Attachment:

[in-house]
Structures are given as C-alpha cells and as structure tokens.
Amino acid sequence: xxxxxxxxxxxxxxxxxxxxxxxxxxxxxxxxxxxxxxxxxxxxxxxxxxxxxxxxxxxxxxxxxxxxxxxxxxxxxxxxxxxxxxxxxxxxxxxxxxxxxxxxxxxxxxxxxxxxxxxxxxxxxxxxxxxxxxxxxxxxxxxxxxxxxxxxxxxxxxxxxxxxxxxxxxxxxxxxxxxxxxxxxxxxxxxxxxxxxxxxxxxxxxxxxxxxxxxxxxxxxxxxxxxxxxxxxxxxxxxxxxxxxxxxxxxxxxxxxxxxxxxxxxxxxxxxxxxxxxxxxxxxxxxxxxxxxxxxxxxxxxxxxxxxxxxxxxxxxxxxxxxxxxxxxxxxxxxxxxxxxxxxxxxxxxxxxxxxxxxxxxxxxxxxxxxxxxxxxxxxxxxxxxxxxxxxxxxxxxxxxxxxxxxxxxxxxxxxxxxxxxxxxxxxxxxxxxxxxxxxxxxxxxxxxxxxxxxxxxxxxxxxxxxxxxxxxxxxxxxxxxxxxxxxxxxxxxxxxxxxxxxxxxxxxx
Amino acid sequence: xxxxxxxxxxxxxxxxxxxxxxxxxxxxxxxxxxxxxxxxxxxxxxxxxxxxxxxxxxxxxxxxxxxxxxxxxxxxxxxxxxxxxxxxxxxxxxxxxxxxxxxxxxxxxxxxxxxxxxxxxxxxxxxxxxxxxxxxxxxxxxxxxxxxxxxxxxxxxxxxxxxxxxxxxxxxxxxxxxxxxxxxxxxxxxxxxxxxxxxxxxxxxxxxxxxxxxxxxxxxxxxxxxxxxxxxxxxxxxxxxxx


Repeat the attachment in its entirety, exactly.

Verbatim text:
[in-house]
Structures are given as C-alpha cells and as structure tokens.
Amino acid sequence: xxxxxxxxxxxxxxxxxxxxxxxxxxxxxxxxxxxxxxxxxxxxxxxxxxxxxxxxxxxxxxxxxxxxxxxxxxxxxxxxxxxxxxxxxxxxxxxxxxxxxxxxxxxxxxxxxxxxxxxxxxxxxxxxxxxxxxxxxxxxxxxxxxxxxxxxxxxxxxxxxxxxxxxxxxxxxxxxxxxxxxxxxxxxxxxxxxxxxxxxxxxxxxxxxxxxxxxxxxxxxxxxxxxxxxxxxxxxxxxxxxxxxxxxxxxxxxxxxxxxxxxxxxxxxxxxxxxxxxxxxxxxxxxxxxxxxxxxxxxxxxxxxxxxxxxxxxxxxxxxxxxxxxxxxxxxxxxxxxxxxxxxxxxxxxxxxxxxxxxxxxxxxxxxxxxxxxxxxxxxxxxxxxxxxxxxxxxxxxxxxxxxxxxxxxxxxxxxxxxxxxxxxxxxxxxxxxxxxxxxxxxxxxxxxxxxxxxxxxxxxxxxxxxxxxxxxxxxxxxxxxxxxxxxxxxxxxxxxxxxxxxxxxxxxx
Amino acid sequence: xxxxxxxxxxxxxxxxxxxxxxxxxxxxxxxxxxxxxxxxxxxxxxxxxxxxxxxxxxxxxxxxxxxxxxxxxxxxxxxxxxxxxxxxxxxxxxxxxxxxxxxxxxxxxxxxxxxxxxxxxxxxxxxxxxxxxxxxxxxxxxxxxxxxxxxxxxxxxxxxxxxxxxxxxxxxxxxxxxxxxxxxxxxxxxxxxxxxxxxxxxxxxxxxxxxxxxxxxxxxxxxxxxxxxxxxxxxxxxxxxxx